Wednesday, September 15, 2010

Tell Me the Stories of Jesus

This entry is part of my general conference application series.

Tell Me the Stories of Jesus, by Elder Neil L. Andersen
Of the Quorum of the Twelve Apostles

As I helped our children with baths tonight, my daughter kept an almost constant stream of songs—like her own personal playlist! She loves to sing, and we often find her sitting off somewhere with her toys, quietly singing to herself (or the toys?). What is especially notable about this bathtime experience tonight is that all of her songs were about Jesus. In fact they were from an album, Stories of Jesus, by Roger and Melanie Hoffman.

The Stories of Jesus album has become a favorite of our children, and they often request it when we go places in our car. These songs, along with the songs they sing in Primary and at home (including "Tell Me the Stories of Jesus," link), help me to think that my wife and I are doing all right in the sometimes challenging quest called parenthood. In fact, as I think about our efforts, I'm reminded of something that Elder Anderson said that stood out to me; see if it does for you, too:

We cannot be casual in how we prepare [our children]. Our challenge as parents and teachers is not to create a spiritual core in their souls but rather to fan the flame of their spiritual core already aglow with the fire of their premortal faith.

Too often it seems that I approach parenthood thinking that I have the responsibility to fill empty vessels of children with the knowledge and testimony I have acquired. Not surprisingly, in these times I find that these sweet children want more than I'm trying to give them—they want the things that can "fan the flame of their spiritual core."

The connection between my daughter's singing and the need to "fan the flame" as we teach our children is well summarized by Elder Andersen's words:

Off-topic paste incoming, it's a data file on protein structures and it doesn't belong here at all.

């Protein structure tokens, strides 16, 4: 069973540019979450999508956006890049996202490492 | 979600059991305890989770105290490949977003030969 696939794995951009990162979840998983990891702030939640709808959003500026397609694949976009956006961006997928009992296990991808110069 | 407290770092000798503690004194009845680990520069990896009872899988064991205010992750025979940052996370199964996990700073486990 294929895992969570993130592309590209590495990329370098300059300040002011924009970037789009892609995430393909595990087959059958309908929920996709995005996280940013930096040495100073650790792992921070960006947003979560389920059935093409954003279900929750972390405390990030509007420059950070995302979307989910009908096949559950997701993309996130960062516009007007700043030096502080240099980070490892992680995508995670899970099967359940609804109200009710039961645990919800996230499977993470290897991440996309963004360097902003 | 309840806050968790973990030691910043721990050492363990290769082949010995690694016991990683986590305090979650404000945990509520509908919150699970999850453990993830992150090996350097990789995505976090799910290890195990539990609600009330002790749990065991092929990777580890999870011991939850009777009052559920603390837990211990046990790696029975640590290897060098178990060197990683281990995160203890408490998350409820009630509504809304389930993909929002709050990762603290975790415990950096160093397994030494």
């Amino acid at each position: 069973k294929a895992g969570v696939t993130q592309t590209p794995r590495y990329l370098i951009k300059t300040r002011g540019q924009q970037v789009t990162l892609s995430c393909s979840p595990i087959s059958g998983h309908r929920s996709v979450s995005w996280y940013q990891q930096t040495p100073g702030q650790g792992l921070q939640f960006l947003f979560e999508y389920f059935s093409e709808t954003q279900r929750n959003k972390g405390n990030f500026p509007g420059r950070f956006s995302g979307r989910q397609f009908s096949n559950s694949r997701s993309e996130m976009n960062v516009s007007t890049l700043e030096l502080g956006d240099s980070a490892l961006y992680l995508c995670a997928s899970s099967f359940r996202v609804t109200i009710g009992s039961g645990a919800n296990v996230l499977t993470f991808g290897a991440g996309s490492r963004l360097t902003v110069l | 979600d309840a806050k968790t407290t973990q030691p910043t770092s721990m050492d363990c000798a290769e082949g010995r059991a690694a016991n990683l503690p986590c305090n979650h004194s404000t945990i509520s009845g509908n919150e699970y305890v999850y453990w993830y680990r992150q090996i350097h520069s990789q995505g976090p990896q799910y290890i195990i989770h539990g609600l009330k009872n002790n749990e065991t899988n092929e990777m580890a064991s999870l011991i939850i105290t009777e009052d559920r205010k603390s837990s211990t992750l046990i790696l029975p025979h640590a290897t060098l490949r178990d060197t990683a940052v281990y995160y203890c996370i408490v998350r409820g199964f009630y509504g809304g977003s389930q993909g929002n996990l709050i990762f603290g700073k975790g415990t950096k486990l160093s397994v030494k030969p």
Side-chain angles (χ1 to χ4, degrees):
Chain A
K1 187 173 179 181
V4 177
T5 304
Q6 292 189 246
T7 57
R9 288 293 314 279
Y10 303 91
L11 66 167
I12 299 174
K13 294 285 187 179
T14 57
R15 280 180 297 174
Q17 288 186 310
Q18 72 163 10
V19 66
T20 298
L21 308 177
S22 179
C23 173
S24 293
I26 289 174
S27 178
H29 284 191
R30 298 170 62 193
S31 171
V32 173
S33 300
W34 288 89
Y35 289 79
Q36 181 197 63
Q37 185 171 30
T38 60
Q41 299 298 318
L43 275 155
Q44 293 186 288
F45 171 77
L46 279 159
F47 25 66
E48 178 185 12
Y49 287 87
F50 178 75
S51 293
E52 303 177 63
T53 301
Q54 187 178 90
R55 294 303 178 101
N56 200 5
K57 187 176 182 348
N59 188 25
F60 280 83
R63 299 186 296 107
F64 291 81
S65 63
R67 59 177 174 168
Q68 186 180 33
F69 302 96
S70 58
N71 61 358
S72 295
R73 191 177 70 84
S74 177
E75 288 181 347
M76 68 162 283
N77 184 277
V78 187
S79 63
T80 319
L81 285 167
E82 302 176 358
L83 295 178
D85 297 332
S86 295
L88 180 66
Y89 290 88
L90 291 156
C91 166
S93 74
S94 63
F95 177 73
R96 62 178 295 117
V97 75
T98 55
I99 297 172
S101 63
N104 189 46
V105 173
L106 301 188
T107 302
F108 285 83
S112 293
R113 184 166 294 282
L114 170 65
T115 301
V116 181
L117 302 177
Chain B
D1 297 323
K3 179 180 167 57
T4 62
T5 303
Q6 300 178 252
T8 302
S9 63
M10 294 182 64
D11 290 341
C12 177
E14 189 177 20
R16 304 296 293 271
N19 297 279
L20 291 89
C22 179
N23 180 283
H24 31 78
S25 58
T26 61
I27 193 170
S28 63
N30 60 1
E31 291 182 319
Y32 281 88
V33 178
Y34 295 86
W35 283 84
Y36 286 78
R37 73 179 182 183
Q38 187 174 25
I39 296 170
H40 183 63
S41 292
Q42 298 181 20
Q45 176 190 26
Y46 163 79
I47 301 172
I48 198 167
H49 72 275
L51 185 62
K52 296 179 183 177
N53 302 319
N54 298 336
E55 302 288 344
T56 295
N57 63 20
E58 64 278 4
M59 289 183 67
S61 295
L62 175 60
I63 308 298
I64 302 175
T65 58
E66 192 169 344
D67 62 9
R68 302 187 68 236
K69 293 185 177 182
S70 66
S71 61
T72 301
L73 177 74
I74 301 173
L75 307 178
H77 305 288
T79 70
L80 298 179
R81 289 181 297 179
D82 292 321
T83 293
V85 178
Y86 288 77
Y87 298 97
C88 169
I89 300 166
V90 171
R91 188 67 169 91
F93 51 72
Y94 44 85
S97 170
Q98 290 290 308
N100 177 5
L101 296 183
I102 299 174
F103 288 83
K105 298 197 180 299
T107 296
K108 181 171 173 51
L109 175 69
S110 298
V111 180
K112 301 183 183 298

The stories of Jesus shared over and over bring faith in the Lord Jesus Christ and strength to the foundation of testimony.

I believe that what he said is true, but do I do as well as I can; as well as I should? I asked myself this when I reviewed the talk and found an answer of what I can do better shortly thereafter. Elder Andersen counseled parents and grandparents to "speak more frequently about Jesus Christ." His reason is clear: "In His holy name is great spiritual power."

My children are already singing the stories of Jesus, but are they hearing me speak about Jesus Christ often enough? A partial checklist is found embedded in a great promise from the talk text:

As you reverently speak about the Savior—in the car, on the bus, at the dinner table, as you kneel in prayer, during scripture study, or in late-night conversations—the Spirit of the Lord will accompany your words.

I'm grateful for this checklist because I'm reminded that we do speak about Christ in those situations. Despite this comfort, I feel the need to do more—to fan the flames enough to keep all of our fires burning bright. If I can do this, I can be like Nephi of old who wrote in 2 Nephi 25:

And we talk of Christ, we rejoice in Christ, we preach of Christ, we prophesy of Christ, and we write according to our prophecies, that our children may know to what source they may look for a remission of their sins (v. 26).


Here is a video we put together using two of the songs from the Hoffman's Stories of Jesus:

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